With its compact size and multi-functional capabilities, the iPad seems like the ideal travel gadget. I would even argue that it’s better than carrying a smartphone. [This isn't to say you shouldn't travel with a phone for safety reasons though.] Having recently come back from a run through Northern Europe, I’d like to share some tips and insights that you should consider when you bring your little tablet on the road.
1. Staying Entertained
Whether traveling alone or with friends, having portable entertainment proves essential for those hated waits in airports and train terminals. The iPad offers a myriad of possibilities for entertainment through its eBook and games selections. I’m sure I don’t have to tout the benefits of eBooks on the iPad, but playing board games and multiplayer games on a larger screen certainly has its benefits after a long day on the road. The larger screen makes it easy on the eyes, while the lack of game pieces and its portability make this an ideal way to have more than one game in your arsenal on the road.
Make sure you grab one of the many eBook apps in the market and load up with a few good reads. If you’re traveling with friends, ask if there are any multiplayer board games that they’d be interested in and stock up on that too. Even iPhone based games can offer a lot of value; I couldn’t imagine bringing a full Monopoly board on my trip and not losing single game piece.
2. Staying Connected
As luck would have it, we live in a cold desolate country where mobile data rates are some of the worst in the world. The costs only skyrocket when you’re roaming outside of North America. Fortunately, there are some options to reduce your data cost to near zero, but it may require some planning.
Free WiFi hotspots will become your friend while abroad. Not only can you check up on email and your Facebook feed, but you can also take time to fire up the Maps app and download the lay of the land. In North America, there are plenty of options to choose from. However, Starbucks will probably be your best bet when you’re in urban centers. While there are plenty of WiFi hotspots in Europe, most of them require payment or subscription. In times of need, though, you can always turn to McDonald’s for free internet access.
In the unlikely event you can’t find a hotspot, you can also invest some time and money up front to get an offline maps application. For my trip, I used OffMaps, and I was quite impressed at how reliable it is when we were lost in the middle of Stockholm.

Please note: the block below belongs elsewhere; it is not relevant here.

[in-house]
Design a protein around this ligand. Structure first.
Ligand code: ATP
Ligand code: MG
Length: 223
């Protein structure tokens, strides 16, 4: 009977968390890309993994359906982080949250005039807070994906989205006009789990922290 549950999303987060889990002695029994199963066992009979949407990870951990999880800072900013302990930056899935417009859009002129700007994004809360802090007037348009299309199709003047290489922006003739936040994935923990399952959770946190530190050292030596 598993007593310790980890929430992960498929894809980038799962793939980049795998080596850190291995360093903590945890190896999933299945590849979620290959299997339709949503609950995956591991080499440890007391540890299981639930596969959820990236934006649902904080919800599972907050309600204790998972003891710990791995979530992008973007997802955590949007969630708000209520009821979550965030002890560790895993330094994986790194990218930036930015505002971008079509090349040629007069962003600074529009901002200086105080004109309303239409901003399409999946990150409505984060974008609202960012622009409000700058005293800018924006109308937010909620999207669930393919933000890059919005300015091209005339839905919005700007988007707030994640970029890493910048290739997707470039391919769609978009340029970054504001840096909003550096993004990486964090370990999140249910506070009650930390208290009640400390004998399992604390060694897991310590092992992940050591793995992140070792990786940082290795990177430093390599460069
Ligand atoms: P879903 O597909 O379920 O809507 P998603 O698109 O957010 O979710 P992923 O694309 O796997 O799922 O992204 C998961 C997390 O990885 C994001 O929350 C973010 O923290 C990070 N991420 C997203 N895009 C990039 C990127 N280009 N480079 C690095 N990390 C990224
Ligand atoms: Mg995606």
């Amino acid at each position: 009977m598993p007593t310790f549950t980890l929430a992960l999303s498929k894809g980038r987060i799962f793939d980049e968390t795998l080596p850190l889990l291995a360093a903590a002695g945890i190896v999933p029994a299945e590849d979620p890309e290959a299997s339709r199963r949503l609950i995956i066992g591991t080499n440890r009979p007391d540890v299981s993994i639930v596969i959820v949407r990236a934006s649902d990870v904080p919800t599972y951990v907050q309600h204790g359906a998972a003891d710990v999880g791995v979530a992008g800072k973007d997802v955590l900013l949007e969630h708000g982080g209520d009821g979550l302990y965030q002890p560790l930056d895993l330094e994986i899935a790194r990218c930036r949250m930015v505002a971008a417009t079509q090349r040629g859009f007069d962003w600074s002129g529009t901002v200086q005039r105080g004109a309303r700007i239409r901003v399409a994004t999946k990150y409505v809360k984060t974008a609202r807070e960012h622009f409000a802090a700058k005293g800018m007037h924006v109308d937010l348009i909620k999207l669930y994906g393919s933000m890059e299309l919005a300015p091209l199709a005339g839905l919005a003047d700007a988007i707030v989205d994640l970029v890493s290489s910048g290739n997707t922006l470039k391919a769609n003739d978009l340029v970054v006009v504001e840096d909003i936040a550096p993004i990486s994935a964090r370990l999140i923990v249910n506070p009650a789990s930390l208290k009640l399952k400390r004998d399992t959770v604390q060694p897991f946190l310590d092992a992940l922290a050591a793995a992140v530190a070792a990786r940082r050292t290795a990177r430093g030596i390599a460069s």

In either case, it’s useful to check WiFi options are available before you arrive at your destination.
3. Staying Charged
The biggest downside of the iPad [and any other piece of electronics] is that it needs power for it to stay functional. I’ve had a few occasions when I completely drained my iPad because I wasn’t able to charge it. Unfortunately, because of the iPad’s technical specs, there aren’t that many battery packs or solar chargers that can charge it. The recently announced Kensington PowerBack may help you out here, but it’s quite pricey at $130. My tip here would be to reduce battery consumption. Avoid watching videos or using your iPad as an music player. Turn on Airplane Mode. Turn down the screen brightness. Every little bit helps.
Also, if you’re traveling out of North America, make sure to pack travel adapters. Apple offers sets that work great with your existing charger.
4. Staying Portable
Traveling light? Packed too much and can’t fit your iPad? The TSA is only allowing 1 piece of carry-on luggage? [Yes on all counts for me.] That shouldn’t stop you from bringing your iPad! If you’re willing to make a small investment in specialized travel gear, you can find some jackets or vests that can fit an iPad. I traveled with an old ScotteVest, and the inside pocket was just large enough for my iPad. There are other travel gear solutions too [511 Tactical comes to mind], so I recommend doing a bit of research and seeing what your budget allows you to do.
So, there you are; my top 4 tips for traveling with your iPad. I know I’ve left a few out though [Remote Desktop, for one], and I’d love to hear your travel tips as well. I’m sure that they’ll come in handy for those family visits for Thanksgiving or Christmas.
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